Since at least January 2021, actor Anthony Hopkins was featured in an online advertisement about the height of Hollywood celebrity men. The ad read: “Some of the Shortest Men in Hollywood Today.”
Readers who clicked the online ad were led to a 95-page story on Cleverst.com. Its headline read: “These Short Male Celebrities Remind Us That Height Doesn’t Matter In Hollywood.” The lengthy article began with a picture of actor Dave Franco, who is purported to be 5 feet 7.
We clicked “next page” 95 times until we realized we had clicked “next article” at the end. Hopkins didn’t even show up in the story.
Anthony Hopkins’ height is listed at 5 feet 9 on various sources, including on his IMDb page. The actor is anything but “short.”
Hopkins is perhaps best known for his work in the 1991 classic, “The Silence of the Lambs.” He won the best actor Oscar for playing the role of the terrifying cannibal, Hannibal Lecter.
The long story of “short male celebrities” also featured a 6-feet-tall Vin Diesel, a 5 feet 10 Jason Statham, and 5 feet 9 actors Robert Downey Jr. and Tom Hardy. This was hardly a list of “some of the shortest men in Hollywood today.”
The Cleverst.com story appeared to be a strategy known as advertising “arbitrage.” The goal was to make more money on ads that were displayed on all 95 pages than it cost to display the original Hopkins clickbait picture. The Hopkins photograph lured the readers. Readers then clicked “next page” in a search for Hopkins, who never appeared.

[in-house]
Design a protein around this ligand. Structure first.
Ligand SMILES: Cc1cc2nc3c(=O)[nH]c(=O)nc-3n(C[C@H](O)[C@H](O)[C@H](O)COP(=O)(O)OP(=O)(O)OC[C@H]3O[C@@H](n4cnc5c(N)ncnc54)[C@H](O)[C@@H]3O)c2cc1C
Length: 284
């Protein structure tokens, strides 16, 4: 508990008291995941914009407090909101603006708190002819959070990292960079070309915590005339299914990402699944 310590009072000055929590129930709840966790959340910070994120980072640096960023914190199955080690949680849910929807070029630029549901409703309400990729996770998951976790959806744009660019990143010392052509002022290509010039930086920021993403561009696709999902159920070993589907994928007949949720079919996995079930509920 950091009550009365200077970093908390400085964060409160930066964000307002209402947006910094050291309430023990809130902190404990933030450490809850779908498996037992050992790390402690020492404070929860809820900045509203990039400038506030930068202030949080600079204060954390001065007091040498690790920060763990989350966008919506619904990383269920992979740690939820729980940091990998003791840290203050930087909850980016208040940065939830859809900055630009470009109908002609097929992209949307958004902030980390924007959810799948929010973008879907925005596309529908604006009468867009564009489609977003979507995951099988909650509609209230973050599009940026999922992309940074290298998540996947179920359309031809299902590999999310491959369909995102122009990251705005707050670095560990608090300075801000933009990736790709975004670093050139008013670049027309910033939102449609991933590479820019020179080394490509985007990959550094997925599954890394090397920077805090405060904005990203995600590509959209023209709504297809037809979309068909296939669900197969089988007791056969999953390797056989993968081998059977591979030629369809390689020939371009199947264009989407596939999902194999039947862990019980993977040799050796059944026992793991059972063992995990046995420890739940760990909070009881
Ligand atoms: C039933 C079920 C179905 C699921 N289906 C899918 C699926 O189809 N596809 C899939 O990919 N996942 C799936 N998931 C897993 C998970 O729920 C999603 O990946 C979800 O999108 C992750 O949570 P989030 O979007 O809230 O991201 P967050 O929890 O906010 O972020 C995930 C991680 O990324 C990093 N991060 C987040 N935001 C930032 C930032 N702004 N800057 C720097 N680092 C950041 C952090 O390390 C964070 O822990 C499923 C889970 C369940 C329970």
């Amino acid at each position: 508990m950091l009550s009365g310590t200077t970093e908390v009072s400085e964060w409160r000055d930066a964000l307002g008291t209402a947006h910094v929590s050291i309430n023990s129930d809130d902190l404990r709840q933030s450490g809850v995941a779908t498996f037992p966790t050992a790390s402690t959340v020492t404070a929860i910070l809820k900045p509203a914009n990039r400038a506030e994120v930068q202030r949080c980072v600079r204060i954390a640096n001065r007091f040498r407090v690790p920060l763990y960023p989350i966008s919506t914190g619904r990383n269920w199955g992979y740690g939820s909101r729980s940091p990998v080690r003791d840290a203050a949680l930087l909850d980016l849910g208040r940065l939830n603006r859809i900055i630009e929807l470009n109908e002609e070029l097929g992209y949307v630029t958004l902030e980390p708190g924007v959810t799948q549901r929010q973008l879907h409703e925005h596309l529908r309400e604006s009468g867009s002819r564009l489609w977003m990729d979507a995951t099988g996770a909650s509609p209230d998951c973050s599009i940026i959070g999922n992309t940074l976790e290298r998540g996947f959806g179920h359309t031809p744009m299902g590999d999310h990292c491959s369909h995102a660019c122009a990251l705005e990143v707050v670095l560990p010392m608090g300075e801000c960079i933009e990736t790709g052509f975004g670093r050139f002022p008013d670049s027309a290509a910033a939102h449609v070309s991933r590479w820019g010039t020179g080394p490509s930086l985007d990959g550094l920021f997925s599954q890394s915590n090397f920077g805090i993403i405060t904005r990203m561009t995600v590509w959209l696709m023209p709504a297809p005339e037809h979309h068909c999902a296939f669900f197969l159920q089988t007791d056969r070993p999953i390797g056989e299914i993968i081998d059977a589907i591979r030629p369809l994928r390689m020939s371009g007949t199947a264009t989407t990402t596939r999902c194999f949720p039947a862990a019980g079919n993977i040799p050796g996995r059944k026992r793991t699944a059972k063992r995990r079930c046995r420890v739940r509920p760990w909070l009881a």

The business and technology blog Margins defined “arbitrage” as “leveraging an inefficient set of systems to make a riskless profit, usually by buying and selling the same asset.” They also called it “the mythical free lunch that economics tells us does not exist.”
The same strategy employed for Hopkins’ height was used by other advertisers in the past who placed an ad about Pierce Brosnan’s net worth. The ad claimed that “Pierce Brosnan’s final net worth left his family in tears.” Not only was Pierce Brosnan still alive, but he also did not appear in the lengthy slideshow story that resulted.
Snopes debunks a wide range of content, and online advertisements are no exception. Misleading ads often lead to obscure websites that host lengthy slideshow articles with lots of pages. It’s called advertising “arbitrage.” The advertiser’s goal is to make more money on ads displayed on the slideshow’s pages than it cost to show the initial ad that lured them to it. Feel free to submit ads to us, and be sure to include a screenshot of the ad and the link to where the ad leads.